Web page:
Studies reveal that diets based on animal products confer an increased risk for uric acid stones (Breslau et al., 1988). Furthermore the animal protein-induced calcium losses in urine may be a risk factor for the development of osteoporosis. The traditional Inuit diet is made up almost entirely of animal protein. Inuits potentially have one of the highest calcium intakes in the world (up to 2,500mg a day) depending on whether they eat whole fish, including the bones, or not. They also have a high rate of osteoporosis, even higher than white Americans (Mazess and Mather, 1975; Mazess and Mather, 1975; Pratt and Holloway, 2001).

Although plant protein also produces acid, there is less of it and alkaline salts produced during the metabolism of fruits and vegetables also neutralise the acidity during digestion. So consumption of fruits and vegetables that produce alkaline salts, such as carbonates and citrates, reduces the need for the bones to provide part of the buffer system (Burns et al., 2003). The overall effect of most fruit and vegetables (including citrus fruits) is to alkalise the blood; whereas the overall effect of cows’ and goats’ milk, cheese, both red and white meat, fish and eggs is to acidify.

For a detailed list of the effect of foods (acid or alkaline) on your body see the Break Free report:

An extensive review by Lanou (2009) resulted in a conclusion that: ‘bones are better served by attending to calcium balance and focusing efforts on increasing fruit and vegetable intakes, limiting animal protein, exercising regularly, getting adequate sunshine or supplemental vitamin D and getting 500mg Calcium per day from plant sources.’ And as Sahni et al. (2009) showed, long-term intake of carotenoids (antioxidants found only in fruit and vegetables) is beneficial for bone health and can help prevent osteoporosis.

There are many factors linked to bone health that may even be more important than calcium. For example, when the bone density of 80 young women was monitored over a 10-year period, it showed that exercise was more important than calcium intake (Lloyd et al., 2004). In older people, a 15-year investigation into whether low calcium intake was a risk factor for hip fractures concluded that cutting back on dairy did not increase the risk and that physical activity provided better protection (Wickham et al., 1989). The discovery of 18th-century human bones under a  London church revealed that today’s women lose far more calcium than our ancestors (Lees et al., 1993). This may be attributed to a lower degree of physical activity. This research supports an increasing amount of evidence that physical activity is a key factor in reducing osteoporosis risk.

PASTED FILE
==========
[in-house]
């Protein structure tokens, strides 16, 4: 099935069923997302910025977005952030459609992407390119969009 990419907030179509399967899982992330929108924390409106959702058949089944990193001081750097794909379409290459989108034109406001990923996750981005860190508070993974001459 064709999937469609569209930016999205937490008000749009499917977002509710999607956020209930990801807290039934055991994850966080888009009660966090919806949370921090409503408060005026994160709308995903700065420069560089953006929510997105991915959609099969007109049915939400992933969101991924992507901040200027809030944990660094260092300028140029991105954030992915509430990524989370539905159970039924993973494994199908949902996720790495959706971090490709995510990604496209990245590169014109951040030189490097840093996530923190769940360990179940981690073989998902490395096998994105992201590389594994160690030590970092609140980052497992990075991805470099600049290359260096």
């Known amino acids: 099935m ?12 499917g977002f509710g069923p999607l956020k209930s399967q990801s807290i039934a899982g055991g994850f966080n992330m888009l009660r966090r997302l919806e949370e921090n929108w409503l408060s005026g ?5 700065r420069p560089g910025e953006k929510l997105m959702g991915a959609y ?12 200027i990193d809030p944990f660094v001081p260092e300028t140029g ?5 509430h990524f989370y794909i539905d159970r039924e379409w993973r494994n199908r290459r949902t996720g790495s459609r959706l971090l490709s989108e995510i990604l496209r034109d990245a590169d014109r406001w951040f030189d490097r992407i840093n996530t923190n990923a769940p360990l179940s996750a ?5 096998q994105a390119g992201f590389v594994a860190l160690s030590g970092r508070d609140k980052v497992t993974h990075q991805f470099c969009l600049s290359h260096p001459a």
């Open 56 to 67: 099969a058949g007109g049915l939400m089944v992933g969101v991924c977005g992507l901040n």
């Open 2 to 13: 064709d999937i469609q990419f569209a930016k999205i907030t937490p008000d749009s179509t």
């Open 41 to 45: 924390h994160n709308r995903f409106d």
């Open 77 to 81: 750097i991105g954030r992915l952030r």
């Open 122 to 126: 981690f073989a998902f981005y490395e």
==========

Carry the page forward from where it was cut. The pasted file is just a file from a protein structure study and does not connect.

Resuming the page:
To promote bone health and reduce the risk of osteoporosis it is important to avoid acid-producing animal products, eat plenty of fruit and vegetables, get enough vitamin D, reduce caffeine and alcohol intake and not smoke. Many studies suggest exercise is the most important determining factor. The best type of activity for bone health is weight bearing exercise; this includes walking, stair climbing and dancing.


  • Children and young adults do not need dairy foods for good bone health; they do need exercise and a healthy plant-based diet to ensure strong bones.
  • Diets loaded with dairy products are associated with an increased risk of many diseases including osteoporosis, cancer, heart disease, obesity and diabetes.
  • From a health perspective, dairy foods should be avoided in the diet.
  • Most people in the world naturally cannot digest the sugar in milk - lactose - as after weaning, they are lactose intolerant. Therefore, the vast majority of people obtain calcium from plant-based sources.
  • Many children are affected by cows’ milk allergies.
  • Cows’ and goats’ milk, meat, fish and eggs contain proteins which acidify our blood. Therefore, calcium is leached from our bones to neutralise the acid.
  • Looking solely at calcium intake and not at calcium losses tells only half the story; while a vegan’s intake might be less than a meat eater’s, their losses are likely to be much lower. A plant-based diet free of animal products - a vegan diet - does not produce these losses.
  • There are no scientific reports of calcium deficiency in adult vegans.
  • Vitamins A, B group, C, D, K, magnesium and potassium are all required for good bone health.
  • Plant-based sources of calcium are many and varied and offer many other health benefits as well as providing a natural and safe source of calcium.